There are many doubts I have while going through my education. I am getting closer and closer to becoming a real teacher but am sometimes feel I am not adequately prepared for the stresses of teaching an actual classroom.  Whenever I feel this way, I know that I can call up my mom and feel reassured that she is confident I will get to a point where the thought of getting in front of a class everyday is not so daunting.


Whose pedagogies  are shaping your paths?


As my pedagogies are continuously changing,  new concepts and theories are constantly changing my teaching pedagogies. However, over the last three years, one theory has stuck out to me as being a solid way of teaching that I plan on implementing in my classroom. That theory is inquiry-based learning.

IBL is based on student investigation and hands-on projects.  In this teaching method, the teacher is seen as a supportive figure who provides guidance and support for students throughout their learning process, rather than a sole authority figure. This type of teaching help students to see things in their own way, and come to conclusions on their own merit. This type of learning was inspired by Jean Piaget, one of my favorite educational theorists. 


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Inquiry based learning is paralleled with constructivism, the philosophy about learning that proposes learners build their own understanding of new ideas or skills.  Constructivism allows information that is absorbed by a child, allows them to build  knowledge built upon prior  knowledge, and help scaffold them into learning and adding things into that prior schema.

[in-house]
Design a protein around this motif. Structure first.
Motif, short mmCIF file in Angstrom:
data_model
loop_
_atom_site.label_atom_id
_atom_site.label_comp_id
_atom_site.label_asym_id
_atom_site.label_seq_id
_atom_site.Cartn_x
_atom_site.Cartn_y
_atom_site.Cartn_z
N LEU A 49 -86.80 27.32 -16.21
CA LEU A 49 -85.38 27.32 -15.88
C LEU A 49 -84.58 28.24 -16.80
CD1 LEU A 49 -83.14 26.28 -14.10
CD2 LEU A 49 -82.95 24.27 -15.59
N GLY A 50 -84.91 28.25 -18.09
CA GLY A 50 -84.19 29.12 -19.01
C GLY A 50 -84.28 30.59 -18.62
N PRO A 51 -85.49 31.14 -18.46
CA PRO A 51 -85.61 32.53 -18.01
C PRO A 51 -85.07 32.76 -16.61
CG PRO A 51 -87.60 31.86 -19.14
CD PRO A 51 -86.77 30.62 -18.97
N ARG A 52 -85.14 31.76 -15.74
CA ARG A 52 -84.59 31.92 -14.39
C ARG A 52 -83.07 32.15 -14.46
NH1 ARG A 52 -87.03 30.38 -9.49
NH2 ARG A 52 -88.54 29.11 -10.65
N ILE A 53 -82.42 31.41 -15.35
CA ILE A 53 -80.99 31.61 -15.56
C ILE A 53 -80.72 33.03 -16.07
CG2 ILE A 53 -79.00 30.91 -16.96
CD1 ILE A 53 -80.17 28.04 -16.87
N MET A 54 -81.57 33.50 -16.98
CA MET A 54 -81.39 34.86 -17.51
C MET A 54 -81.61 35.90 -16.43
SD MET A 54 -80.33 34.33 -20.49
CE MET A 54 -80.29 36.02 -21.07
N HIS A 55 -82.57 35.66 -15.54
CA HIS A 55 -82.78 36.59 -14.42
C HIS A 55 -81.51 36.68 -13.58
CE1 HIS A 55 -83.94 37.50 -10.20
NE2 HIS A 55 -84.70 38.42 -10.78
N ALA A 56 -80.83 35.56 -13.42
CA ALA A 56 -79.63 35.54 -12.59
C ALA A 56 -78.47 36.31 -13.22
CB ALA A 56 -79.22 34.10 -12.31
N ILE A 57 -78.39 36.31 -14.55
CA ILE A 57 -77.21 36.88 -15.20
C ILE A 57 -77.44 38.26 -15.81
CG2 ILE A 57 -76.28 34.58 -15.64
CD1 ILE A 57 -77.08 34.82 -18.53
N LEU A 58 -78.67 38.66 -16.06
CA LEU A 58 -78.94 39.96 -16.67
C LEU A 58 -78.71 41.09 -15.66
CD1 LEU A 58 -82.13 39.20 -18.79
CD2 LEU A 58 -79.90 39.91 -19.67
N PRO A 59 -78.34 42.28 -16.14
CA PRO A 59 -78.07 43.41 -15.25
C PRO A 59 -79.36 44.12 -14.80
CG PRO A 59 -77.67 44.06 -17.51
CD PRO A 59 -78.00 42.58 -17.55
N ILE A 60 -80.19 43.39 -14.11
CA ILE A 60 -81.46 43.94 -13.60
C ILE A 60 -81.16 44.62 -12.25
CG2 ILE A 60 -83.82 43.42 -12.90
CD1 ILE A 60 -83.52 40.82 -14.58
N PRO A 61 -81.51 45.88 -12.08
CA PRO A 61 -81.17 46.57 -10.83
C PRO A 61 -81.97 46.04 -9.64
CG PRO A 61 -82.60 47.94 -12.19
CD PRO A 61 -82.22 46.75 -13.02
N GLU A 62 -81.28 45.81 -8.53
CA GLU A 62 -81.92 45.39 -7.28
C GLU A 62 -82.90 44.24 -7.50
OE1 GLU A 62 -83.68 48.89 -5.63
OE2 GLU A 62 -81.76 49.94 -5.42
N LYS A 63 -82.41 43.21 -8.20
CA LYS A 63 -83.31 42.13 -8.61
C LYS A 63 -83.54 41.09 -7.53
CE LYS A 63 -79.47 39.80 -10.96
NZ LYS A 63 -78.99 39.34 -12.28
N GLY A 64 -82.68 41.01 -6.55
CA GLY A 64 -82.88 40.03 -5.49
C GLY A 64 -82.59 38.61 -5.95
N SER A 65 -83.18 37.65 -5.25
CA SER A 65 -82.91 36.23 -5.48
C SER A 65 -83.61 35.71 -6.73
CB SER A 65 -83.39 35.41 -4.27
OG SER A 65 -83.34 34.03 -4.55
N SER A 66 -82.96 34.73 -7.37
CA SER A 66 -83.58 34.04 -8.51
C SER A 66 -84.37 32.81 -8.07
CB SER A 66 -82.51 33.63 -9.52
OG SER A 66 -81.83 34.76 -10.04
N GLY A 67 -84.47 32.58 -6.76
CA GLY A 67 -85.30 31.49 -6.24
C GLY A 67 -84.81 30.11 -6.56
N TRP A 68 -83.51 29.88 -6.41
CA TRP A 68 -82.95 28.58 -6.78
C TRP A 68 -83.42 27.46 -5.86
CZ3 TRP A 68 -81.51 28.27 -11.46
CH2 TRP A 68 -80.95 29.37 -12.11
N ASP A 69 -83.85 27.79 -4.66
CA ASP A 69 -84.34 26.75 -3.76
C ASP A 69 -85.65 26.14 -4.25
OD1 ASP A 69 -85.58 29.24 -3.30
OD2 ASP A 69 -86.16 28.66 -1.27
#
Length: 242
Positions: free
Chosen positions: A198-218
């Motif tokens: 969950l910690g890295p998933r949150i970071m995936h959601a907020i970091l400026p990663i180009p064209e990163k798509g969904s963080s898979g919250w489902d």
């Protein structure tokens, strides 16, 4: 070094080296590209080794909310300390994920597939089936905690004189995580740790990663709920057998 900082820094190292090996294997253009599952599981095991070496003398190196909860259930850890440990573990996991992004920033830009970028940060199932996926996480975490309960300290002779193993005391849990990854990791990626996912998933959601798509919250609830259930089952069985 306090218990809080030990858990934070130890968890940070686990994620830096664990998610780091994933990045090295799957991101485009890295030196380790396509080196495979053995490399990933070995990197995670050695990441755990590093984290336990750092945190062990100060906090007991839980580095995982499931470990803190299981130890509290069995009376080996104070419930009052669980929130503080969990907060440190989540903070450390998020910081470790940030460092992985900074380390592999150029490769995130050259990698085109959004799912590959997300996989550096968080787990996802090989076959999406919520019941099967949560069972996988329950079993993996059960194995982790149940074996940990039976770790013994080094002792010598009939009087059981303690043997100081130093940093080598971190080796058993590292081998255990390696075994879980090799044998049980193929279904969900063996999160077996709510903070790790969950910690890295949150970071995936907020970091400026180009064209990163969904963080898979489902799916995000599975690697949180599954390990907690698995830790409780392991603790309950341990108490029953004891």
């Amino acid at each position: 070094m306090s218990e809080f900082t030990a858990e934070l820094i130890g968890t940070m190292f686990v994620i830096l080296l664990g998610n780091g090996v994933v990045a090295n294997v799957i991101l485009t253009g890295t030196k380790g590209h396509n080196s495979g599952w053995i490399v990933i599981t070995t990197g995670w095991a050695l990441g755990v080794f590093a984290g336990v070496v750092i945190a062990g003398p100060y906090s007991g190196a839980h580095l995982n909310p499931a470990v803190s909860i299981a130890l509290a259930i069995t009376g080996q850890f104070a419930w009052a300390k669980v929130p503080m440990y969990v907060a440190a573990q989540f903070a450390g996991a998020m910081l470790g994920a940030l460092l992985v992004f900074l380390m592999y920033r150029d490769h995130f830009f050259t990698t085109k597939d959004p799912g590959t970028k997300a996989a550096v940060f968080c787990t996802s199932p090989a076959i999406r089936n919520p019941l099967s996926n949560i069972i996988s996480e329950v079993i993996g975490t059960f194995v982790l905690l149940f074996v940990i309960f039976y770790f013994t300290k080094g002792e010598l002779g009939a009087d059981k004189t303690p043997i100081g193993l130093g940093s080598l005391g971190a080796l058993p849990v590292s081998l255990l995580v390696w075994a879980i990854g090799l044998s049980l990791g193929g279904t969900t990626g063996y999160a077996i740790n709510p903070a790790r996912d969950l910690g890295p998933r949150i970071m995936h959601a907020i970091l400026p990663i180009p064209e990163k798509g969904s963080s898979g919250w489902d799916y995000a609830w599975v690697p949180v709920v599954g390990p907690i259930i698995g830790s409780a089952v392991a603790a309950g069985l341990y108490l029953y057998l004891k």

My path as an educator is still being shaped, with new ideas being thrown my way daily. I try to sift through ideas and concepts through the minds of my future students. I will never have a set pedagogy, as I hope that I am a life long learner, constantly digging for new information and ways to further my students love for learning.

Who is teaching you about the Why and the How in the field of early childhood?

Along with my mom and many professors that have helped shape my understanding and knowledge in the field of education thus far, I try to educate myself on my own time as well. I am subscribed to and watch a handful of teachers on YouTube who help take my learning to the next level with real world examples and context.

One of my favorite teacher-turned YouTuber’s to watch is Michelle Ferre.  She has named her channel Pocket Full of Primary and she shares her journey as a  fourth grade teacher in Maryland. Her channel is chock full of examples, help, tips, EdTech and so much more information that I have gleaned from for years. It is helpful to see the theories and concepts we learn about in class,  be used real time through her channel. 

If you get the time to check it out, here is a link to her most recent video:
“How to Not Feel Overwhelmed as a Teacher”

How to NOT Feel Overwhelmed as a Teacher

Don’t forget to like, comment, and subscribe so you don’t miss future videos! MY TEACHERSPAYTEACHERS STORE: MY PO BOX: Michelle Ferré PO Box 719 Gambrills, MD 21054 POCKETFUL OF PRIMARY MERCHANDISE: MY AMAZON FAVORITES: GET 1 MONTH FREE OF HP INSTANT INK: __________________________________________________________________ Find me on my other social media platforms: INSTAGRAM: @pocketfulofprimary FACEBOOK: PINTEREST: BLOG: E-MAIL: __________________________________________________________________ *My description includes referral codes/links that allow me to earn points or credit that can be redeemed for products and/or subscriptions.